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A Gentleman's - and Lady's - Game for Ruffians

April 23, 2010

As if female athletes didn’t have to battle hard enough already for validation. First off, take the media’s coverage of the NCAA Women’s Basketball Championship where the University of Connecticut Women’s basketball team was torn apart for a less than perfect game, despite the fact of finishing a second perfect season in a row and achieving few things any college basketball teams have ever done, men’s or women’s. Add to the mix a giant dose of homophobia plus the media’s double-standard of women athletes and it’s no wonder why women’s sports don’t receive the recognition they deserve. Today, reported on the long history of homophobia in women’s collegiate basketball – and the scare tactics used by some coaches to eliminate out lesbian athletes from their programs. It is no secret that gay women are known to be athletic and play sports – but in no different a way that some straight women play sports and some do not. The 2009 documentary, Training Rules, follows the story of Jen Harris, who was kicked off the Penn State women’s basketball team by notoriously homophobic coach, Rene Portland, despite being the leading scorer and not actually being gay. The film shows us that even the notion of women not conforming to so called gender norms leads to media and public outcry. The double-standard of female athletes’ images and behavior has led to this deep-seeded homophobia in women’s sports. Throughout the 2009-2010 basketball season, the UConn women’s unprecedented winning streak was actually deemed bad for women’s college basketball – because it somehow meant that the competition was lopsided and therefore not competitive at all. Furthermore, women’s sports in general are constantly criticized for not being as thrilling and competitive as men’s sports, which leads to less coverage, less fan support, and ultimately less funding.  However, when a female athlete does show an aggressive, win-at-all-costs attitude, she is slaughtered by the media. Remember in November when University of New Mexico soccer player Elizabeth Lambert hit headlines? A video of Lambert pulling down a Brigham Young University player by the hair during a game went viral on the internet and lead to media and public outrage -- leaving Lambert with an indefinite suspension and forcing apologizes from the NCAA, the Mountain West conference, the University of New Mexico soccer program and Lambert herself. But would the reaction have been the same if it were a male soccer player? Let’s think about how often we hear of pro male athletes acting “unsportsmanlike” both on and off the field. Not only are they applauded for their aggressive game play, but when they are arrested for domestic violence, drug charges, rape, sexual assault - the teams they play for, the sponsors that back them, and sometimes even the athletes themselves, never become unpopular, are never forced to apologize and are allowed right back onto the field no questions asked. And while the machismo image of the superhero male athlete lives on – women athletes struggle with translating their strong, independent, aggressive selves into the non-threatening, “I-can-still-be-a-wife-and-mom,” sex symbols that the media and the public want to see. Maybe we’re actually causing this so called “lack of competitive women’s sports” by not only making female athletes apologize for their actions on the field, but also forcing them to hide who they are. Rest assured there is no shortage of female athletes in this country who want to play rough, full-contact sports that are thrilling for all spectators to watch. The Associated Press reported this week that women are the fastest growing population of rugby players in the US. Thanks to the decision to include rugby in the 2016 Olympics, and media exposure like Academy Award nominated Invictus and increasing coverage on ESPN and ABC, rugby is becoming more and more popular at all levels – and women are seizing the opportunity to play. “Long denied the chance to compete in contact sports, women are now joining rugby clubs in record numbers and relishing the hard-nosed nature of what has been called a gentleman’s game for ruffians.” preconceptionsTaking advantage of all the hype is the US Women’s Rugby National Team who are headed to the Women’s Rugby World Cup in London this summer. To cultivate supporters, funding, and help further lay a foundation for the women’s game, they’ve created a campaign to spread their message. We WaNT Rugby aims to popularize women’s rugby in the US, build a national following to support the team at the World Cup and empower young women to learn the game and completely obliterate the stereotypes and criticism that have been holding women back. So, if you still can’t find enough evidence to validate women’s sports based on the accomplishments of female athletes already in 2010 alone, and even further, you still can’t see how imperative it is that the images of female athletes realistically portray who they are -- consider this: even the Obama administration is getting in on the action by reinforcing the original interpretation of Title IX that prohibits gender discrimination in federal funded school programs. According to Vice President Joe Biden, “What we’re doing here today will better ensure equal opportunity in athletics, and allow women to realize their potential – so this nation can realize its potential.”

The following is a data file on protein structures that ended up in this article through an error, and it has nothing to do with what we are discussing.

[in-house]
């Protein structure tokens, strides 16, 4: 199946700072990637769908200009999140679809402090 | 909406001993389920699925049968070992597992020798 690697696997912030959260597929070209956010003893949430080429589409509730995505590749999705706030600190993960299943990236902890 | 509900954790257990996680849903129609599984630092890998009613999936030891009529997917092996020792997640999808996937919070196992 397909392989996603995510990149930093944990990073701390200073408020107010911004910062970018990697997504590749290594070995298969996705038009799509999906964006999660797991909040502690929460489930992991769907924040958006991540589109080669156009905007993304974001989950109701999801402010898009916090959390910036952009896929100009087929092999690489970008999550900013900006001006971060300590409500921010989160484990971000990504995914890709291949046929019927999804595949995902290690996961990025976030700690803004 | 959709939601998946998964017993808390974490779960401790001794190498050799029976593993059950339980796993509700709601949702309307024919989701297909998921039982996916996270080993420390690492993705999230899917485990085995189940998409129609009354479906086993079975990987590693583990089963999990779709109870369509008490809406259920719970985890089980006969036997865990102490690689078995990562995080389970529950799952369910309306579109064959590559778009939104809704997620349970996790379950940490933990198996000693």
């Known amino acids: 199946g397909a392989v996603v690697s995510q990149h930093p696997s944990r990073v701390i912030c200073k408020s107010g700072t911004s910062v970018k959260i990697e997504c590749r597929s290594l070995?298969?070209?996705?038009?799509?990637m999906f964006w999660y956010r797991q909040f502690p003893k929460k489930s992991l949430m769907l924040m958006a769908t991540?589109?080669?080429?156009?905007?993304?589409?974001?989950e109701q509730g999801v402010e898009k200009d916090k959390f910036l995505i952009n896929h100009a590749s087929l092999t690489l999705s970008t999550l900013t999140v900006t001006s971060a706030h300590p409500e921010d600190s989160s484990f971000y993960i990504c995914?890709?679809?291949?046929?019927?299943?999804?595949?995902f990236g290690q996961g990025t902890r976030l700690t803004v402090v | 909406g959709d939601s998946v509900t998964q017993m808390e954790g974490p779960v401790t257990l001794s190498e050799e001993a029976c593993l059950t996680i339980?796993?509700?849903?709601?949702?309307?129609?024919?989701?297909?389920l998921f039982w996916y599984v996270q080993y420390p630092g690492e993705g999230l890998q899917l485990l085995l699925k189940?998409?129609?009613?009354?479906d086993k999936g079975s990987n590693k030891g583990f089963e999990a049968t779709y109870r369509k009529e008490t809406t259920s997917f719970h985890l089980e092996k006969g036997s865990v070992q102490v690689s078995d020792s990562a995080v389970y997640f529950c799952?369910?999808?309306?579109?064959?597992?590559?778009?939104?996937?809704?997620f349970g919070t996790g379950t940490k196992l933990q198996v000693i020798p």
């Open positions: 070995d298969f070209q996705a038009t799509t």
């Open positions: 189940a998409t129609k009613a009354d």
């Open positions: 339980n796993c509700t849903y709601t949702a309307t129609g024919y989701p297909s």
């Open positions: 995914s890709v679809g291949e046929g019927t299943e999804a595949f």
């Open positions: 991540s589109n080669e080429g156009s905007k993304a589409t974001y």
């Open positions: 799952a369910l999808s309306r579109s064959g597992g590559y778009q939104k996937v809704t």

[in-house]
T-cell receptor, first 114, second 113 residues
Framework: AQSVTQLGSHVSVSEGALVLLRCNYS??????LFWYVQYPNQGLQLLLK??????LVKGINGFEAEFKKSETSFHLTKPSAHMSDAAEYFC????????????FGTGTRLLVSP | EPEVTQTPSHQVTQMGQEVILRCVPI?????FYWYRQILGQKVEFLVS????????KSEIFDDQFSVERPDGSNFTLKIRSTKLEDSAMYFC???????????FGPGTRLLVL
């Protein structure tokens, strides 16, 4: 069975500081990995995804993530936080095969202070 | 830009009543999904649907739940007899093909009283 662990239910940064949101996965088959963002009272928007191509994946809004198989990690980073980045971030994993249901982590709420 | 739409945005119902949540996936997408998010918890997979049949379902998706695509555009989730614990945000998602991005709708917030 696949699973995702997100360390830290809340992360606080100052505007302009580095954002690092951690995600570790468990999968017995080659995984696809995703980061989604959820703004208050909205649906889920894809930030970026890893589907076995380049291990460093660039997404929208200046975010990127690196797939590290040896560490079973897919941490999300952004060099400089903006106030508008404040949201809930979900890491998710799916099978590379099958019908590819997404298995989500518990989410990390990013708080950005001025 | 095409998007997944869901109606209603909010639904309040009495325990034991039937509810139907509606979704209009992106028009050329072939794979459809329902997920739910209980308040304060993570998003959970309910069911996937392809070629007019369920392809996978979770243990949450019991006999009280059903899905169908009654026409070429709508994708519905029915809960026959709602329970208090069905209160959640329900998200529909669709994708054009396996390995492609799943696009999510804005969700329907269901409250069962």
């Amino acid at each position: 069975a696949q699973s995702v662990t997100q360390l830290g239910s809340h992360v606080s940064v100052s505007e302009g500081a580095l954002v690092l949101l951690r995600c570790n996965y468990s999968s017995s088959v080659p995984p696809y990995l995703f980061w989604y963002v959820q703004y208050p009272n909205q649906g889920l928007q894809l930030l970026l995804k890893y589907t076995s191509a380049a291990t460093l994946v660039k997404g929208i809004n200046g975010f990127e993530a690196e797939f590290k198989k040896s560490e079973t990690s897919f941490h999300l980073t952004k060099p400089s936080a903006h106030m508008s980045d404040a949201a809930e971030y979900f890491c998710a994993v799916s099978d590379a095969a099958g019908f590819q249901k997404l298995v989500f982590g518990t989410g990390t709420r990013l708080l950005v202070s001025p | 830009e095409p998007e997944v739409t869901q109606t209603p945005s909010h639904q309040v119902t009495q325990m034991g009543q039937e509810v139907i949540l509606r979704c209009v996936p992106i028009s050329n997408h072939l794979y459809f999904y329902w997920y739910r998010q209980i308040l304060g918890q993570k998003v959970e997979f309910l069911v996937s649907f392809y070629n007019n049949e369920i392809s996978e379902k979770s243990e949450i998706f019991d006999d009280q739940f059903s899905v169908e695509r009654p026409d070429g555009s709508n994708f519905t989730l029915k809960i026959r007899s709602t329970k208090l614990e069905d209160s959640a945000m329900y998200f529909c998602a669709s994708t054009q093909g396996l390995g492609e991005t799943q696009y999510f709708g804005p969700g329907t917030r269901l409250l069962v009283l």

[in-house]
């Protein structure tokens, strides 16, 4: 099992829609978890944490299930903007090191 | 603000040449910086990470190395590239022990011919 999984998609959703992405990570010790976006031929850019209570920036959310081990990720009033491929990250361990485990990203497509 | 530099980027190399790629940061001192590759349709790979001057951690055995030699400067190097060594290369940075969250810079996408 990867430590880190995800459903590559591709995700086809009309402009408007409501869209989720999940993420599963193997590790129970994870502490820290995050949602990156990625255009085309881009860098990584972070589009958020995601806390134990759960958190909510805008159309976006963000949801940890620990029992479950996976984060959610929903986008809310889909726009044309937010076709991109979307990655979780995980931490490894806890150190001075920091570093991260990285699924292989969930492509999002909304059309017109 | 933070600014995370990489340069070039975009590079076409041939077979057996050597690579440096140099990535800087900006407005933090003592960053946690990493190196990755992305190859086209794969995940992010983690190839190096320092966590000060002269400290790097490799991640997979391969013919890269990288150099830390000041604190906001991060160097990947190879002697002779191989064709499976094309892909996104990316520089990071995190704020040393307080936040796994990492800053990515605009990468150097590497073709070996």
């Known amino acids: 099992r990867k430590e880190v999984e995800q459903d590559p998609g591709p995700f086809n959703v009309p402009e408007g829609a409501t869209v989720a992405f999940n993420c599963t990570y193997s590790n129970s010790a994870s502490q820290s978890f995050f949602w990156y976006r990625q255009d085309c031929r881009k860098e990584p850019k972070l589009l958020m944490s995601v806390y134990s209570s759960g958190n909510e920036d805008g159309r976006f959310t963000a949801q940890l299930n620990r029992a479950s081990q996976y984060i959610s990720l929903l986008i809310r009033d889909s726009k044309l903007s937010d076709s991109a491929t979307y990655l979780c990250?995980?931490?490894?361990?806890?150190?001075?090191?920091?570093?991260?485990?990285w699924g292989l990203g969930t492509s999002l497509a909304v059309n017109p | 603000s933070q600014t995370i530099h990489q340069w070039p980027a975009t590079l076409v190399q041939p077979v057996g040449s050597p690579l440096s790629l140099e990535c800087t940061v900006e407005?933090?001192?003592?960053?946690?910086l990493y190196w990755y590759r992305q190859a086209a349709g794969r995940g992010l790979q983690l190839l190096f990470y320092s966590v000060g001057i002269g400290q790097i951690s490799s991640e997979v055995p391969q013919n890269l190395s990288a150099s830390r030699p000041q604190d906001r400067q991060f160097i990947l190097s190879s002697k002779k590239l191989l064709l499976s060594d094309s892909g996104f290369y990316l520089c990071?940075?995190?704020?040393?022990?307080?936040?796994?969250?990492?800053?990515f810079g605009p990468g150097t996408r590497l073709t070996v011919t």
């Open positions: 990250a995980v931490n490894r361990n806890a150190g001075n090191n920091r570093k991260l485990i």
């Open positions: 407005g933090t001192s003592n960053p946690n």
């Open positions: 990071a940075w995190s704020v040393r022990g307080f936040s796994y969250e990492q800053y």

Tags: LGBT, Sports